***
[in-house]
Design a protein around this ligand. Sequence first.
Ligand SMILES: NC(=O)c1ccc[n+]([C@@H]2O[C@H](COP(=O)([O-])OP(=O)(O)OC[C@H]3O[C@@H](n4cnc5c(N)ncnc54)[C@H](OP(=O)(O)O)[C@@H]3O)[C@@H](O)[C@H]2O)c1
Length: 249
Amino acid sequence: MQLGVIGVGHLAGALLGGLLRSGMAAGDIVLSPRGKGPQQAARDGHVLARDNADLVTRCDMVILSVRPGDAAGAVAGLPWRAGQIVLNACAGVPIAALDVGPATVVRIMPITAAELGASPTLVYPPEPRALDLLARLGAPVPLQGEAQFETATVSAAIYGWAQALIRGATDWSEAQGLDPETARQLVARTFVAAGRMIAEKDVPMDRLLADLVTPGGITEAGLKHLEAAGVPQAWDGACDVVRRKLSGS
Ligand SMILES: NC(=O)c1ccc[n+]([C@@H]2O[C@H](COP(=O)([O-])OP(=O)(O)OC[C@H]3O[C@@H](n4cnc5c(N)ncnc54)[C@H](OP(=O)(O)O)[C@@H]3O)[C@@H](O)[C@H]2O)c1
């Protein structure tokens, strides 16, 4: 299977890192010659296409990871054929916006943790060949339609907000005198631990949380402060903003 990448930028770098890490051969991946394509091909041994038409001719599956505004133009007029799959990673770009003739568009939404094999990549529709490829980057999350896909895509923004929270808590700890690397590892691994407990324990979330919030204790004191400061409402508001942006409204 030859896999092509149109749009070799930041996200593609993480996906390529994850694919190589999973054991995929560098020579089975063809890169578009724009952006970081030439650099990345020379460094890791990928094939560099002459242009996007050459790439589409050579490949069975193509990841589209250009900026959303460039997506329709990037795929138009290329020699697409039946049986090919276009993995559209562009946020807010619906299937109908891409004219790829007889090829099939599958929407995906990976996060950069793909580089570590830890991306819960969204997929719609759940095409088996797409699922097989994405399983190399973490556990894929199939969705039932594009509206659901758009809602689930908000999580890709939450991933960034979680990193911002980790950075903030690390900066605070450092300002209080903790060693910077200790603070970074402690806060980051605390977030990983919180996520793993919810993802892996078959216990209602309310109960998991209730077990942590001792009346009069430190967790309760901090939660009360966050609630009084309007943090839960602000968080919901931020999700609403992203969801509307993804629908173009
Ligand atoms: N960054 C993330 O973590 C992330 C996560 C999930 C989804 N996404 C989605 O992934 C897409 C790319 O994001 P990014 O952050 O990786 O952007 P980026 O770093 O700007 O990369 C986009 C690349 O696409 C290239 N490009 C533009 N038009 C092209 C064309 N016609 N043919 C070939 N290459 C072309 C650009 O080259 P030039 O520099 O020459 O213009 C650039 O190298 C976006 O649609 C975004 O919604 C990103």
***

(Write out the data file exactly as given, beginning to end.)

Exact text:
[in-house]
Design a protein around this ligand. Sequence first.
Ligand SMILES: NC(=O)c1ccc[n+]([C@@H]2O[C@H](COP(=O)([O-])OP(=O)(O)OC[C@H]3O[C@@H](n4cnc5c(N)ncnc54)[C@H](OP(=O)(O)O)[C@@H]3O)[C@@H](O)[C@H]2O)c1
Length: 249
Amino acid sequence: MQLGVIGVGHLAGALLGGLLRSGMAAGDIVLSPRGKGPQQAARDGHVLARDNADLVTRCDMVILSVRPGDAAGAVAGLPWRAGQIVLNACAGVPIAALDVGPATVVRIMPITAAELGASPTLVYPPEPRALDLLARLGAPVPLQGEAQFETATVSAAIYGWAQALIRGATDWSEAQGLDPETARQLVARTFVAAGRMIAEKDVPMDRLLADLVTPGGITEAGLKHLEAAGVPQAWDGACDVVRRKLSGS
Ligand SMILES: NC(=O)c1ccc[n+]([C@@H]2O[C@H](COP(=O)([O-])OP(=O)(O)OC[C@H]3O[C@@H](n4cnc5c(N)ncnc54)[C@H](OP(=O)(O)O)[C@@H]3O)[C@@H](O)[C@H]2O)c1
């Protein structure tokens, strides 16, 4: 299977890192010659296409990871054929916006943790060949339609907000005198631990949380402060903003 990448930028770098890490051969991946394509091909041994038409001719599956505004133009007029799959990673770009003739568009939404094999990549529709490829980057999350896909895509923004929270808590700890690397590892691994407990324990979330919030204790004191400061409402508001942006409204 030859896999092509149109749009070799930041996200593609993480996906390529994850694919190589999973054991995929560098020579089975063809890169578009724009952006970081030439650099990345020379460094890791990928094939560099002459242009996007050459790439589409050579490949069975193509990841589209250009900026959303460039997506329709990037795929138009290329020699697409039946049986090919276009993995559209562009946020807010619906299937109908891409004219790829007889090829099939599958929407995906990976996060950069793909580089570590830890991306819960969204997929719609759940095409088996797409699922097989994405399983190399973490556990894929199939969705039932594009509206659901758009809602689930908000999580890709939450991933960034979680990193911002980790950075903030690390900066605070450092300002209080903790060693910077200790603070970074402690806060980051605390977030990983919180996520793993919810993802892996078959216990209602309310109960998991209730077990942590001792009346009069430190967790309760901090939660009360966050609630009084309007943090839960602000968080919901931020999700609403992203969801509307993804629908173009
Ligand atoms: N960054 C993330 O973590 C992330 C996560 C999930 C989804 N996404 C989605 O992934 C897409 C790319 O994001 P990014 O952050 O990786 O952007 P980026 O770093 O700007 O990369 C986009 C690349 O696409 C290239 N490009 C533009 N038009 C092209 C064309 N016609 N043919 C070939 N290459 C072309 C650009 O080259 P030039 O520099 O020459 O213009 C650039 O190298 C976006 O649609 C975004 O919604 C990103």